Wind Turbine Brain
Current wind turbine controller architectures are mostly based on a rotor speed controller supported by additional control loops targeting specific loads or specific wind conditions. However, for wind turbine design the design equivalent loads (DEQL) and extreme loads are more relevant than the rotor speed. Furthermore, the DEQL are a non-linear function of the variation in the loads. This results in very indirect tuning of the controller where the trade-off between yield and loads is very opaque.
By using machine learning (ML) algorithms, the controller can be tuned to minimise DEQL and extreme loads directly. However, the performance of the controller is still very dependent on its structure, so improving the controller structure itself, such that load and (improved) wind estimations are available, should allow superior controllability of the wind turbine.
Furthermore, due to a high number of degrees of freedom, artificial networks (AN) can be expected to detect changes in the wind and control the loads better than a more conventional controller structure. The application of ML to ANs can therefor highlight opportunities for improvement in the controller.
The goal of the project is to improve the wind turbine controller and its design process. This will be achieved by using machine learning (ML) to tune the controller in the design phase. The controller will contain conventional estimators and controller structures. Neural or Bayesian networks (hereafter: artificial networks (AN)) will be used to search for opportunities to further improve the conventional controller design.
Situations where improvements are sought are low, normal and highly turbulent winds, starts and stops and extreme wind conditions, such as extreme operating gusts or extreme direction changes.
The improvement is expected to reduce DEQL on the blades by 5-10% and the wind turbine tower of 1-5% and to reduce extreme loads by up to 10% relative to a current market conform controller, at equal annual energy production. These reductions can directly reduce the cost of a wind turbine by up to 5%, reducing the overall levelised cost of energy (LCoE) by up to 2%. Alternatively, the load reduction on the blades can be used to employ longer blades, resulting in a higher production, again, this is expected to reduce the LCoE by up to 2%.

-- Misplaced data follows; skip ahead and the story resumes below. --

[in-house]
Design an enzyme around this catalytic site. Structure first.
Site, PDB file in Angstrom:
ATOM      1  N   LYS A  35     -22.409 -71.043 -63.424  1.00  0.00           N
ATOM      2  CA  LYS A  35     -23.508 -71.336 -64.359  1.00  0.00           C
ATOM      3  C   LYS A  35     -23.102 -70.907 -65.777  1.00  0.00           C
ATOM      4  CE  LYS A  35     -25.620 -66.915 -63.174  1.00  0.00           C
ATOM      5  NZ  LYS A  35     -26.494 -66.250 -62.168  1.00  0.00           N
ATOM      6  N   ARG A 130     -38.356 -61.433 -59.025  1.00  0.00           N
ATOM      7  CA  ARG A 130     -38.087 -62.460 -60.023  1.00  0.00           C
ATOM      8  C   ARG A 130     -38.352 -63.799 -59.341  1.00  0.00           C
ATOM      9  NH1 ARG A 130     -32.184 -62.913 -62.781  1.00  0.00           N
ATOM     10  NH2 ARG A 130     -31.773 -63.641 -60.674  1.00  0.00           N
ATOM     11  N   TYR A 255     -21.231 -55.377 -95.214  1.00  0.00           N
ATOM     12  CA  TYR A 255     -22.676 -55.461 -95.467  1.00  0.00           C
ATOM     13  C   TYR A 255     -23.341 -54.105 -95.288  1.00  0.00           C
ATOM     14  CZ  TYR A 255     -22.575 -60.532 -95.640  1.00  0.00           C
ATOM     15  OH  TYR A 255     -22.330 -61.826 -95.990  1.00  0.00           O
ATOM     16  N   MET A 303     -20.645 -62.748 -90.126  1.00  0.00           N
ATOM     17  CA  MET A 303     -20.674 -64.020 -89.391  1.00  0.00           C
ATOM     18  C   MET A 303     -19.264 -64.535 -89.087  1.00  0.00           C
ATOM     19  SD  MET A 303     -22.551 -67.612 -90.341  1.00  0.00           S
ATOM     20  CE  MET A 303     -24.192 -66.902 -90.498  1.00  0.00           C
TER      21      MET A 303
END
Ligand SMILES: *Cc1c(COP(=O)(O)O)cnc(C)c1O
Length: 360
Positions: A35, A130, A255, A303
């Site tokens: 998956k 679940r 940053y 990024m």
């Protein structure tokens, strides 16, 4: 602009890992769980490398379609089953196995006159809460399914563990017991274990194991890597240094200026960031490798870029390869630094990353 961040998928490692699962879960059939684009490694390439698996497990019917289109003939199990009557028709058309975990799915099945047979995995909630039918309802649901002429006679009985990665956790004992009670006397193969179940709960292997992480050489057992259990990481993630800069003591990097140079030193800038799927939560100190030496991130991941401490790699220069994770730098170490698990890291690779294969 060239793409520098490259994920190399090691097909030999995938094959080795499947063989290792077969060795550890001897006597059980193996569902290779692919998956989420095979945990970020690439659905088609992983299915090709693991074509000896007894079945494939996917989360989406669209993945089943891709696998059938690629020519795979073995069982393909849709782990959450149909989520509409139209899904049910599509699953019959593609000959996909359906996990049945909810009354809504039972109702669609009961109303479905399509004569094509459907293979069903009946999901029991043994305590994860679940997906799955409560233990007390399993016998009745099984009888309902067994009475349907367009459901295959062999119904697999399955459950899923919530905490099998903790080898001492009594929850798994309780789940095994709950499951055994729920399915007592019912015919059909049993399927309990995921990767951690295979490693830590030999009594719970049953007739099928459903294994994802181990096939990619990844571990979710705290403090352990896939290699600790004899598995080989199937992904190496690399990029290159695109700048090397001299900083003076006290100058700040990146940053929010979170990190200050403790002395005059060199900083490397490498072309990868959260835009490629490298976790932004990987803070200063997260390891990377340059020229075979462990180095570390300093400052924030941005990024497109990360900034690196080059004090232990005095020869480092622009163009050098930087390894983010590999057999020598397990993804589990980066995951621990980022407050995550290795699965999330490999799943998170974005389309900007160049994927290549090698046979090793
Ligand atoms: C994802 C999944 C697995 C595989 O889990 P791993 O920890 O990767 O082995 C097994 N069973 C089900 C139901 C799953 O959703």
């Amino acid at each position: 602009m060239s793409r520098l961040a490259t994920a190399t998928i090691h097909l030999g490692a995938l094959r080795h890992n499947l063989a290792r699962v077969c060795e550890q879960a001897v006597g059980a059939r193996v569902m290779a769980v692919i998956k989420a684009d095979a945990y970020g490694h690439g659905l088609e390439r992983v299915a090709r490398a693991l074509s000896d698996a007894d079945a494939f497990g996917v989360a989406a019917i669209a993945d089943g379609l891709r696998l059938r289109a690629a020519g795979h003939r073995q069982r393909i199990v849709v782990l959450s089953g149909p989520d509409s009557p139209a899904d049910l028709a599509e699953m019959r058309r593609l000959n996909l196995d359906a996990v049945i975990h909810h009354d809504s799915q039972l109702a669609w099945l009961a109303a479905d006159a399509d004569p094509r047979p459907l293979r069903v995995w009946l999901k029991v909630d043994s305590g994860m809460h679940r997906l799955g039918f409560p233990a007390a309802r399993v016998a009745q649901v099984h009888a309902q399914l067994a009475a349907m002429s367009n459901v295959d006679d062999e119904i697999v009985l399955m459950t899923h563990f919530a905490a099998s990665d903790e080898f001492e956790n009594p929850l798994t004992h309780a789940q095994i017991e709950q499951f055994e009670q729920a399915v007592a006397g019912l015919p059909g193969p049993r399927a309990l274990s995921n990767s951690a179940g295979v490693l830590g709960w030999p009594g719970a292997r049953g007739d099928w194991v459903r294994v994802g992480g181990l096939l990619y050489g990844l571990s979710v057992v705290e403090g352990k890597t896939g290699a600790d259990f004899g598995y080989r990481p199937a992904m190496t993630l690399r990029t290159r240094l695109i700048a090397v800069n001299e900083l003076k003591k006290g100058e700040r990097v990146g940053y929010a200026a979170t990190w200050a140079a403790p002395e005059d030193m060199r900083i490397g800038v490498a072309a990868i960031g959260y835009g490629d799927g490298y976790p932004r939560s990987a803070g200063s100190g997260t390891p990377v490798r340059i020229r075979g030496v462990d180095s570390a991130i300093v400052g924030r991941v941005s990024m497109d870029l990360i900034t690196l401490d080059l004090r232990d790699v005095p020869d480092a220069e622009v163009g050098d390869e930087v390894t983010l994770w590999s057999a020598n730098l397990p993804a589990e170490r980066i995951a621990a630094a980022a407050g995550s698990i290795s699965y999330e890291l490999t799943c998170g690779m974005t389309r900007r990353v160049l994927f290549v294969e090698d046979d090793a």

There are 6 main activities to achieve the objective of reduced loading using machine learning (ML) and artificial networks (AN):
1. ML methods and AN architectures: AN types are compared and the architecture of an AN-based controller is selected. Based on that selection, appropriate ML methods are selected.
2. Target function and load case selection: to ensure a fair comparison, the target function and design load cases to tune and evaluate the controllers are carefully selected.
3. Conventional state-of-the-art controller: ECN’s current controller PI-based architecture is effective, but model/estimator based controllers are considered more state-of-the-art. A state-of-the-art controller is necessary to highlight the true benefit of the AN-based control.
4. Conventional controller tuning with ML: The selected target function may be difficult to capture for the conventional controller. ML can tune the parameters based on the target function directly.
5. AN-controller: Incorporate AN in the controller and tune it.
6. Tuning and testing: The new controller structures are tuned for on at least three manufacturer and theoretical wind turbine models
The results of this project are:
- An improved conventional controller structure
- A method to tune conventional structures using ML methods.
- A working AN wind turbine controller.
- A clear understanding of when artificial networks achieve a clear benefit over conventional state-of-the-art controllers for wind turbines
- An overall design equivalent loads reduction of 5-10% on the blades, 1-5% on the tower and up to 10% reduction in extreme loads